Sonny Gray makes the most sense in that he could follow a Chris Sale-like pattern of rushing to the big-leagues this season in order to help the Brewers out of the bullpen. Gray would most definitely return to the minors as a starter the following season.
Jonathan Mayo, of MLB.com has pegged them with Meyer, the hard-throwing righty from Kentucky with their first pick, and Guerrieri with their second. I highly doubt that the Mets will let Guerrieri slip past pick No. 13, but if they do, he would be a steal there.
The Twins have made a killing over the past decade and a half taking pitchers with really good control. Kyle Gibson and Alex Wimmers (despite his scary debut) both fit that bill.
Aside from the generality of "you can always use more pitching," the Twins have been linked to some toolsy outfielders, specifically George Springer, who they drafted out of high-school back in 2008.
He obviously didn't sign, but you can't imagine he fell too far off their radar.
Brandon Nimmo and Brian Goodwin have also been floated as possibilities.
The Twins have also been heavily linked to seasoned strike-throwers like Sean Gilmartin, who may be more of a second-round talent, and power-hitting first baseman C.J. Cron.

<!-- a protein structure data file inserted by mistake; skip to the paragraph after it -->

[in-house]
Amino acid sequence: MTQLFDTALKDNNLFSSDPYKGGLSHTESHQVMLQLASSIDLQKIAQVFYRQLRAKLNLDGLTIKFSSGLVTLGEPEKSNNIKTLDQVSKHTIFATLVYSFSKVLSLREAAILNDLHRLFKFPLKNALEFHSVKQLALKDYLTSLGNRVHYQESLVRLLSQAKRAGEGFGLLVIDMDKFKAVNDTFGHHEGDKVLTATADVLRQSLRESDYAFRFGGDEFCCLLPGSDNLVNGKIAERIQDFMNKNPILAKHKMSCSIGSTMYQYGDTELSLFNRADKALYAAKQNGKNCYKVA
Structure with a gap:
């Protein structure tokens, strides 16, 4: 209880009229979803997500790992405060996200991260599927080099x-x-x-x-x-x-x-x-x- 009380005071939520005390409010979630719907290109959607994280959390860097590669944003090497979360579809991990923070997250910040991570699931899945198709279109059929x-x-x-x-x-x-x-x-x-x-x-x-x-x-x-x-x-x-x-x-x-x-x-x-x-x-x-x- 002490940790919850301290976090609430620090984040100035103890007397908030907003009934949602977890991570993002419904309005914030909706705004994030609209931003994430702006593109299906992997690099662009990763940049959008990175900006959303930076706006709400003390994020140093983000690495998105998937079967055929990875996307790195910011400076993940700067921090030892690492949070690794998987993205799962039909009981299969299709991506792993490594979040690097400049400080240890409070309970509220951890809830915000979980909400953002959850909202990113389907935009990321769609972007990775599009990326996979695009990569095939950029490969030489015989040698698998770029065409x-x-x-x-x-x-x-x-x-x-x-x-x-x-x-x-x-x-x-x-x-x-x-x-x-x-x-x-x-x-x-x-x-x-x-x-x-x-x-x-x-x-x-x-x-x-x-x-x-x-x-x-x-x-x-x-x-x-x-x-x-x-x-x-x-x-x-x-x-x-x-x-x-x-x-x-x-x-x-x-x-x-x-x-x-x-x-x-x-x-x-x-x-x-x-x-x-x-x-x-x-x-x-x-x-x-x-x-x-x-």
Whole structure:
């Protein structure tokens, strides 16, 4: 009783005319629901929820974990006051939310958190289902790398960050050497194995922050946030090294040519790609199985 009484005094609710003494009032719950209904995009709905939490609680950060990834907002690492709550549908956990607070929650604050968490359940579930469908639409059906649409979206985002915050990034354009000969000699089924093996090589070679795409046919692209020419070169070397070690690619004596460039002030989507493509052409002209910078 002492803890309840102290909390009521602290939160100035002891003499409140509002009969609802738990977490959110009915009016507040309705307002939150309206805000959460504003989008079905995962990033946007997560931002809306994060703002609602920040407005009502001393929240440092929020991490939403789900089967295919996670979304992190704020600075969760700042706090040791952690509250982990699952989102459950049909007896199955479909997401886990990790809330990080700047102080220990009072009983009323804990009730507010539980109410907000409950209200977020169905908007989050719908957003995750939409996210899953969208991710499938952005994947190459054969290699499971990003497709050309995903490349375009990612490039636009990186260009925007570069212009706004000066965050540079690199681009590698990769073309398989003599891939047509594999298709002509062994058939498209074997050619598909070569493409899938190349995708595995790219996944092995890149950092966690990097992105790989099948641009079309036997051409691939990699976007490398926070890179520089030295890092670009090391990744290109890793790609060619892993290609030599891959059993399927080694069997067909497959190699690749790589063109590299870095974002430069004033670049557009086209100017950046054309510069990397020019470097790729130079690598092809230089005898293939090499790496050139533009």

New York Mets
Like the Dodgers, rumors are swirling about the Mets ability to spend big in this draft.
They too have undergone some financial hardships, but the brass seems hell-bent against letting that affect their drafting plans. As such, some pretty pricey names have been linked to New York, including Guerrieri, Lindor and George Springer.
B.A. seems to favor an outfielder for the Mets, pegging them with LSU's Mikie Mahtook. MLB.com, on the other hand, sticks them with Sonny Gray, who could make the most sense in that he'd be quick to the bigs.
The most recent news out of New York, however, is that they'd be best suited with Texas hurler Taylor Jungmann, who probably won't be available, but could be just the thing they're looking for.
New York Yankees
As usual, the Yankees don't have a first-round selection.
Thank Rafael Soriano and his lame elbow for that.
As such, the Yankees don't pick until pick No. 51, and you can guarantee that the majority of the top-shelf talent will be off the board by then, making pegging them with any player a pretty tough go.
There is Hope, however. As in Mason Hope, Archie Bradley's rotation mate at Broken Arrow HS, who happens to be a huge Yankees fan. He might make a nice second-round selection.